smashed to smithereens.

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56 The Dispossessed (1974)
Ursula K. Le Guin

While others turn to sci-fi to present dystopian nightmares, Le Guin
prefers to explore what might happen if a utopian political structure
were realized in an isolated lunar environment.

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57 Flow My Tears, the Policeman Said (1974)
Philip K. Dick

Here are all the classic Dicksian ingredients: sudden alterations in  
reality, a harassed protagonist, an authoritarian society, high tech
gadgets and, of course, mind-altering substances.  

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58 The Forever War (1974)
Joe Haldeman

This novel is often viewed as a considered response to Robert
Heinlein's
Starship Troopers. But The Forever War is more than
a polemic; Haldeman is also an impressive storyteller.

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59 Dhalgren (1975)
Samuel R. Delany

Delany's 800-page novel aimed to do for science fiction what
Joyce had done for literary fiction. A million copies were sold,
but how many actually were read to the end?

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60 Norstrilia (1975)
Cordwainer Smith

Did author Cordwainer Smith really believe he was "Lord of a
planet in an interplanetary empire in a distant universe"?  Was
Norstrilia a work of fiction, or just an extended hallucination?

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61 The Illuminatus Trilogy (1975)
Robert Anton Wilson & Robert Shea

"It is not the intent of this book to confuse fact with fancy," the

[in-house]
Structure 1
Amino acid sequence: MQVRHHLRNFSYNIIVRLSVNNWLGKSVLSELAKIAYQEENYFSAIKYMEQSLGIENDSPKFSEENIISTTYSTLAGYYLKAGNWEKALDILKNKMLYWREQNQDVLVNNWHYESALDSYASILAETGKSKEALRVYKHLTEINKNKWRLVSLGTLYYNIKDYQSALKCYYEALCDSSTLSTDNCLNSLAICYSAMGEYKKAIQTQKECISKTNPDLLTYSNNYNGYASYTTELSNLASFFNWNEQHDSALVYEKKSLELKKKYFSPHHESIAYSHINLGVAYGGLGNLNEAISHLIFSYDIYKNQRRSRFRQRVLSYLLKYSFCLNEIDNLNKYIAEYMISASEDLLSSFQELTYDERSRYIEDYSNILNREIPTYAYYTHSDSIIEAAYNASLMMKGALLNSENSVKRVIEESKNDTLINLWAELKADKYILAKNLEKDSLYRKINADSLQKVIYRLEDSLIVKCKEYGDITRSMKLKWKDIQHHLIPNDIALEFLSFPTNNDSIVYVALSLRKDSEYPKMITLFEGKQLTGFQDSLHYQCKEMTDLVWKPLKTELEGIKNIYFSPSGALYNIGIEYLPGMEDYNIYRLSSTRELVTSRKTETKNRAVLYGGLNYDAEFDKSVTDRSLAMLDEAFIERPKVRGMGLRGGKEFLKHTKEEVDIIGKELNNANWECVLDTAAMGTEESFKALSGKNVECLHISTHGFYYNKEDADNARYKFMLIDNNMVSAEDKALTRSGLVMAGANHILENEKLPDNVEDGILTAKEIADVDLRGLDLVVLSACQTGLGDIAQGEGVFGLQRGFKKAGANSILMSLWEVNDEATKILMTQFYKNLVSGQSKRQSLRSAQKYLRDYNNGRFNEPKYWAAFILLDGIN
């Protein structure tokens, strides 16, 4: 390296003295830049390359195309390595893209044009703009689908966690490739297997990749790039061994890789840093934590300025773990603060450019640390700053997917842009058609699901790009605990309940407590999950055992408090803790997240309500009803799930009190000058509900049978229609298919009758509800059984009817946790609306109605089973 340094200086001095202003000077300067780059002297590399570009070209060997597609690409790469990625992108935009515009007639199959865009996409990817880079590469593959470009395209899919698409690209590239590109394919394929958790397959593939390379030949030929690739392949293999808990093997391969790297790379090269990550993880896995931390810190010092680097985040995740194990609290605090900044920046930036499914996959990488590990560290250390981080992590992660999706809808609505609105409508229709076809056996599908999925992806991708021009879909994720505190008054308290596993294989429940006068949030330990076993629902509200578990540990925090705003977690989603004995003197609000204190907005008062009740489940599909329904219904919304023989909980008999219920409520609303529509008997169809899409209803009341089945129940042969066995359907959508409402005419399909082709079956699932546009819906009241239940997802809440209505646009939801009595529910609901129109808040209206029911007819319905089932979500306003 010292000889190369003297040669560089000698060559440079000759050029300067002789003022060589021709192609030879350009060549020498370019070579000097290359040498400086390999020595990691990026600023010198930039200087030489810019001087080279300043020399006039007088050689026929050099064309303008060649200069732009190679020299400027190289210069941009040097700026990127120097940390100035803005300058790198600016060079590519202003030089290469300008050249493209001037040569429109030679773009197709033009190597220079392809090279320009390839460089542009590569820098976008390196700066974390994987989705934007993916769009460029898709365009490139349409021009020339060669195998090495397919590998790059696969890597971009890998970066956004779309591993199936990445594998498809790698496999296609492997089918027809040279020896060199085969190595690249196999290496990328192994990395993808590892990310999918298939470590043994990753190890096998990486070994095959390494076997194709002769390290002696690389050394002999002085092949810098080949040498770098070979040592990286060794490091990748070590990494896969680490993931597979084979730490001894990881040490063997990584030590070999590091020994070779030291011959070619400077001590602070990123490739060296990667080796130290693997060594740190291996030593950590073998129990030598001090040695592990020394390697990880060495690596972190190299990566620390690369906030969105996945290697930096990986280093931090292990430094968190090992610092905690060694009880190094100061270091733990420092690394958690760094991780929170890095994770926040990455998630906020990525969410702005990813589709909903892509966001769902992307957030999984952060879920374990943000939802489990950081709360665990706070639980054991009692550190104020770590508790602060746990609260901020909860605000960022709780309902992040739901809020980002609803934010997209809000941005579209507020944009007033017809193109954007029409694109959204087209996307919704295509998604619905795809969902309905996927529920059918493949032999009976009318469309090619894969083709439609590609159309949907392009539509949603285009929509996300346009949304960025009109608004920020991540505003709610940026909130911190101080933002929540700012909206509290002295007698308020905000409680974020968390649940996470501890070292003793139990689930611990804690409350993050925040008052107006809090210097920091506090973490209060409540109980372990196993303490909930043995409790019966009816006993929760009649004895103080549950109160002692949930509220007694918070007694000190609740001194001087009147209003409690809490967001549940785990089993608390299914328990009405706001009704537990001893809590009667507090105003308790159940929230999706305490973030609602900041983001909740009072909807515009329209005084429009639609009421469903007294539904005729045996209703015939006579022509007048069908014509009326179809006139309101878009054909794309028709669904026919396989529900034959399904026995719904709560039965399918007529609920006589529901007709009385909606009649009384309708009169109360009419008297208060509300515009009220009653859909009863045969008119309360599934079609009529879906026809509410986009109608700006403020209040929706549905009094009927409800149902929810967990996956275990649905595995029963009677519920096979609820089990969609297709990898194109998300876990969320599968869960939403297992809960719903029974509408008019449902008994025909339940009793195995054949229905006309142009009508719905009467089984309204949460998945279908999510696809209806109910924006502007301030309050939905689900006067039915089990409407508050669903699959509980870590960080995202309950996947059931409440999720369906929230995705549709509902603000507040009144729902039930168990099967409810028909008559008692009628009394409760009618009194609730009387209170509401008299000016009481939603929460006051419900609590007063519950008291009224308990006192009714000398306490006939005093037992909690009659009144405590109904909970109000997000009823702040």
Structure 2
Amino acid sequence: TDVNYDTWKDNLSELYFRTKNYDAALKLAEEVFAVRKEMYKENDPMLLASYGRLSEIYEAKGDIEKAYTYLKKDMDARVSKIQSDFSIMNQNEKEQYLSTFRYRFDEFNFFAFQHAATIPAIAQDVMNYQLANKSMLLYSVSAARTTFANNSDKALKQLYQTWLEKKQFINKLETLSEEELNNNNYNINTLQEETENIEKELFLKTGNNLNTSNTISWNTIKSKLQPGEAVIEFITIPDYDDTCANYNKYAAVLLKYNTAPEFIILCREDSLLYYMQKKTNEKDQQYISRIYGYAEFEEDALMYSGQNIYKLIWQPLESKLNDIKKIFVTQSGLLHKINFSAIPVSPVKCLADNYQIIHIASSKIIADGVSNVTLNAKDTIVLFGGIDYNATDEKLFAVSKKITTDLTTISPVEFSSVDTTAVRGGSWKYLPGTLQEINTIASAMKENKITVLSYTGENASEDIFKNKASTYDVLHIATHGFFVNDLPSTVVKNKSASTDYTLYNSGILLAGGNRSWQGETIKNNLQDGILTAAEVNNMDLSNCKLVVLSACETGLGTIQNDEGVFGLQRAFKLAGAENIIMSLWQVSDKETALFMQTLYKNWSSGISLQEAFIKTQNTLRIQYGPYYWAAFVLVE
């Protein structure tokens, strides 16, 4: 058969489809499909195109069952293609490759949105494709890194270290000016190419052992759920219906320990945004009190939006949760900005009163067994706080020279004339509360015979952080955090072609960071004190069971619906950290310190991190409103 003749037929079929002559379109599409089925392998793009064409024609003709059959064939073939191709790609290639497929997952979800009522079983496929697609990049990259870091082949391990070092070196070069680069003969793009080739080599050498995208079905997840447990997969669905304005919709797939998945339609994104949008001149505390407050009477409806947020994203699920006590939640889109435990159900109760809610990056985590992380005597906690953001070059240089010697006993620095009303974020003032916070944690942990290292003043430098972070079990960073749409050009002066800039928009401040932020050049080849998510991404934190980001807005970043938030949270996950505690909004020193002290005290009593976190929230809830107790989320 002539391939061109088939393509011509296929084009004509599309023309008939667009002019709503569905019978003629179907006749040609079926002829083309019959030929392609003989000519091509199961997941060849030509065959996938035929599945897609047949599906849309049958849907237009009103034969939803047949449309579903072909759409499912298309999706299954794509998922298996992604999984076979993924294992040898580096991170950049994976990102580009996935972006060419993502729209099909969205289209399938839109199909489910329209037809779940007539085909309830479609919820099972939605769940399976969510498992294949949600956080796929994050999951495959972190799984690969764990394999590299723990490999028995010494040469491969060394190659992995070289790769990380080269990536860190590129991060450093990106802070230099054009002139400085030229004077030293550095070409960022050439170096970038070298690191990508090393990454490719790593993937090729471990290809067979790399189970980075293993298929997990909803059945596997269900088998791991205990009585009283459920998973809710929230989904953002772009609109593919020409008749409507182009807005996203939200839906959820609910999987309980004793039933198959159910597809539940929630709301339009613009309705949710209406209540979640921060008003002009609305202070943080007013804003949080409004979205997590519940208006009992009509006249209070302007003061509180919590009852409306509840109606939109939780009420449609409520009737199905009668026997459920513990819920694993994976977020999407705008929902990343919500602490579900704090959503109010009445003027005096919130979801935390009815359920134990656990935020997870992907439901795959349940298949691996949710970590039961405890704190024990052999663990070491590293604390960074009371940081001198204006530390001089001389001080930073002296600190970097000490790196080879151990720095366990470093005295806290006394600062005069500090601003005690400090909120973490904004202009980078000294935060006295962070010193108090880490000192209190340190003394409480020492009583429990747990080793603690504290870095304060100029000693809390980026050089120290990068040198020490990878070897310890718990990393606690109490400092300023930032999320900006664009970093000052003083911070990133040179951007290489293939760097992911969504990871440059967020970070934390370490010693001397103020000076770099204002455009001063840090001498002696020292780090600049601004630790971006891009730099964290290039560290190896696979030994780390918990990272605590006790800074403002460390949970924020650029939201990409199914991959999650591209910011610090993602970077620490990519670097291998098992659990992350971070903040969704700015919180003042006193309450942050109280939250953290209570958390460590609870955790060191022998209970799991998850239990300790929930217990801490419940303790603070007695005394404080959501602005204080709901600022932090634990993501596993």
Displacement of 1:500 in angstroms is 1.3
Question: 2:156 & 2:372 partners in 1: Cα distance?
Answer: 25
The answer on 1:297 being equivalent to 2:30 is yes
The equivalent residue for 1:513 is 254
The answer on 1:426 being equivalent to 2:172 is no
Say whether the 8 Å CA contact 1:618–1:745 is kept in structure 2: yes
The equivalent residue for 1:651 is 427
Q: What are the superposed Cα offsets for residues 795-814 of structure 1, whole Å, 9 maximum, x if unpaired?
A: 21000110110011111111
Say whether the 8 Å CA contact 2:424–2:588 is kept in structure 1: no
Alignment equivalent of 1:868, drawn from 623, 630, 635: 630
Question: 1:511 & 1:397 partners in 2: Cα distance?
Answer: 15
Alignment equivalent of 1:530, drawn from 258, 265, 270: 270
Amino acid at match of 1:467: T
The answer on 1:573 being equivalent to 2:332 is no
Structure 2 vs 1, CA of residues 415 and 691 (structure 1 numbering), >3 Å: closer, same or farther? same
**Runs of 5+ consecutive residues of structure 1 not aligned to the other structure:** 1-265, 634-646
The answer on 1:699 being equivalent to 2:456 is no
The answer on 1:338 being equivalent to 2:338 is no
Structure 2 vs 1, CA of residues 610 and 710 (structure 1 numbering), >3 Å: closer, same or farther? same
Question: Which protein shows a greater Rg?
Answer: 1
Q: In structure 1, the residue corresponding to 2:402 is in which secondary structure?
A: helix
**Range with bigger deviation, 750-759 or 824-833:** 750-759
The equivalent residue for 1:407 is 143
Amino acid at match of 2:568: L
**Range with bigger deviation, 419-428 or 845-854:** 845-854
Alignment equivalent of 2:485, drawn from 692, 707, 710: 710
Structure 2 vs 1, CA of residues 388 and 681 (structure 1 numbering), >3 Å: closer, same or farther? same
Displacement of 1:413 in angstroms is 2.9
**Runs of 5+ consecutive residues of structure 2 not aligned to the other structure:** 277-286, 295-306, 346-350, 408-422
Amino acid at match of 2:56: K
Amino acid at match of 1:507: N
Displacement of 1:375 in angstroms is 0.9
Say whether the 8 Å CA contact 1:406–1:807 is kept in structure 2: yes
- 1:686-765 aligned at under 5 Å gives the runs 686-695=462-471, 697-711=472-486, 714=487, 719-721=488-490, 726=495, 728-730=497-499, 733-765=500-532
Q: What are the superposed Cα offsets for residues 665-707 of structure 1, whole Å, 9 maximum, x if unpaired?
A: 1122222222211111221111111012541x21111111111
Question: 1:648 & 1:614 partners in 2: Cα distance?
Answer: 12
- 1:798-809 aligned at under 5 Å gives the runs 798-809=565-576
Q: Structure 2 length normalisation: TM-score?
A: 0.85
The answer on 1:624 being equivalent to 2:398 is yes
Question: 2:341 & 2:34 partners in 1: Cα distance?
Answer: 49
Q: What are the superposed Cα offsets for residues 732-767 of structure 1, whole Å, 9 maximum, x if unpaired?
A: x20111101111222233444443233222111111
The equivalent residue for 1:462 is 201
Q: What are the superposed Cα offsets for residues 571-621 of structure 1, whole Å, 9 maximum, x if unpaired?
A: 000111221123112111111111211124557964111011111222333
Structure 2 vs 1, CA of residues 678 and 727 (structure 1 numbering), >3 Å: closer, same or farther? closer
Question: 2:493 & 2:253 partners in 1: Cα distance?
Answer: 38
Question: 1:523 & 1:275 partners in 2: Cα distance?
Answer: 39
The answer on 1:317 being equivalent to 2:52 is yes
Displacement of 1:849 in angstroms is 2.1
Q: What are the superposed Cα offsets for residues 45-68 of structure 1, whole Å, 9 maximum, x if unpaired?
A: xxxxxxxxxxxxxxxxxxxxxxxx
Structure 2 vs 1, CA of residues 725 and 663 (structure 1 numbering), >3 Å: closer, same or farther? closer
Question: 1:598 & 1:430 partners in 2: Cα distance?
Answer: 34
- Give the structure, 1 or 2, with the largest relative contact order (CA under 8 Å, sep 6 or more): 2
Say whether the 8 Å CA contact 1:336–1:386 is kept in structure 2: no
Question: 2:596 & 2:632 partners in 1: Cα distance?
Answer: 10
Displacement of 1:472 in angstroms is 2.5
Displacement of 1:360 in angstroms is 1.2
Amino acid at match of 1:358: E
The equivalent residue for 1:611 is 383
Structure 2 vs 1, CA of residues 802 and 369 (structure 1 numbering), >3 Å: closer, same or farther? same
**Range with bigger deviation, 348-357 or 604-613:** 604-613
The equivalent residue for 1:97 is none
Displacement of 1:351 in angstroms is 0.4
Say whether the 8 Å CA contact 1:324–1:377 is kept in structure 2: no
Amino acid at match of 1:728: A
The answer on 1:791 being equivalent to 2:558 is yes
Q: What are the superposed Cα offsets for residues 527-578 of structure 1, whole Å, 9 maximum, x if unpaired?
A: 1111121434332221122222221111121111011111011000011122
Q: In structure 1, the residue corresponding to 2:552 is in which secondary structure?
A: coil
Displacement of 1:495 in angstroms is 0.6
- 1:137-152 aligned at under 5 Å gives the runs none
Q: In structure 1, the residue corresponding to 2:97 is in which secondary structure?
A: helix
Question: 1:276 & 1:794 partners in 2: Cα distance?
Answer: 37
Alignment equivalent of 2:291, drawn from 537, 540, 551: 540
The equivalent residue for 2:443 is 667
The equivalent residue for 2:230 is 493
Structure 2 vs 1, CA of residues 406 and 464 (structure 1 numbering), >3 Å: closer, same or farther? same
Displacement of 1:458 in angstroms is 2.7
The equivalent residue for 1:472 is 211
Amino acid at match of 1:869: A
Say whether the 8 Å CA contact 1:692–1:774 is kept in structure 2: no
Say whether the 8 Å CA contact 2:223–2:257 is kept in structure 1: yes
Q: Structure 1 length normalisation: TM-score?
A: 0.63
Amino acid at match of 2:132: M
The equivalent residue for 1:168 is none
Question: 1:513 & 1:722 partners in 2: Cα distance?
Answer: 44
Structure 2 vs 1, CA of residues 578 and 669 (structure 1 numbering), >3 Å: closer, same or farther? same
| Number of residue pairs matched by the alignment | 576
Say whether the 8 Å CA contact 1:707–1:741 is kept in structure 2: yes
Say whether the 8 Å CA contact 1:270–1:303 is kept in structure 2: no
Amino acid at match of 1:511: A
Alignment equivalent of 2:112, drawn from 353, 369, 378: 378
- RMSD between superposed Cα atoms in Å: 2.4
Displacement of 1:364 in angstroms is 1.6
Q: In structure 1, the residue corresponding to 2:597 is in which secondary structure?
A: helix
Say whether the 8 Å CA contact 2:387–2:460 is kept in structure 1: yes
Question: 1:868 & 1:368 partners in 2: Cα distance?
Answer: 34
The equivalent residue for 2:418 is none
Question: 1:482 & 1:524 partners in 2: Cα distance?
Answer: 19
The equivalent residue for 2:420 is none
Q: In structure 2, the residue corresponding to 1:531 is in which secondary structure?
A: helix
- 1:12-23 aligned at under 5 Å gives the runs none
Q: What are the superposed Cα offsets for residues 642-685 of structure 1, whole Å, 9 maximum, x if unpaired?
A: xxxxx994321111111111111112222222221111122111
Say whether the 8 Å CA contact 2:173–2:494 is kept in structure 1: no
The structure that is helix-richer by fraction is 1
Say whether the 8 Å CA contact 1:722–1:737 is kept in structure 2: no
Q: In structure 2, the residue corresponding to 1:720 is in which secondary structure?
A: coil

authors proclaim on page 760 of this 800-page work. But it's
already too late. They should have put that on page one.

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62 The Female Man (1975)
Joanna Russ

Joanna Russ's The Female Man, from 1975, stands out as a
defining work of feminist science fiction, and a milestone in
mixing polemic and genre literature.

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63 The Centauri Device (1975)
M. John Harrison
 

"I once made the mistake of telling Mr. Harrison how much
I was inspired by The Centauri Device. 'Well you shouldn't be,'
he said truculently. 'It's a very bad book
.'"

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64 Warm Worlds and Otherwise (1975)
James Tiptree, Jr.  

"It has been suggested that Tiptree is female," Robert
Silverberg wrote, "a theory that I find absurd." Nice try! Tiptree
turned out be one of the leading female sci-fi writers of her era.

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Science Fiction in Transition (1958-1975): New Wave & New Directions

A Reading List of 64 Works (with links to individual essays by Ted Gioia)
conceptual fiction
Exploring the Non-Realist Tradition in Fiction
This reading list is intended to accompany Ted Gioia's essay "When Science Fiction Grew Up."
Each title on the list below links to an essay on the book.
To purchase titles, click on image.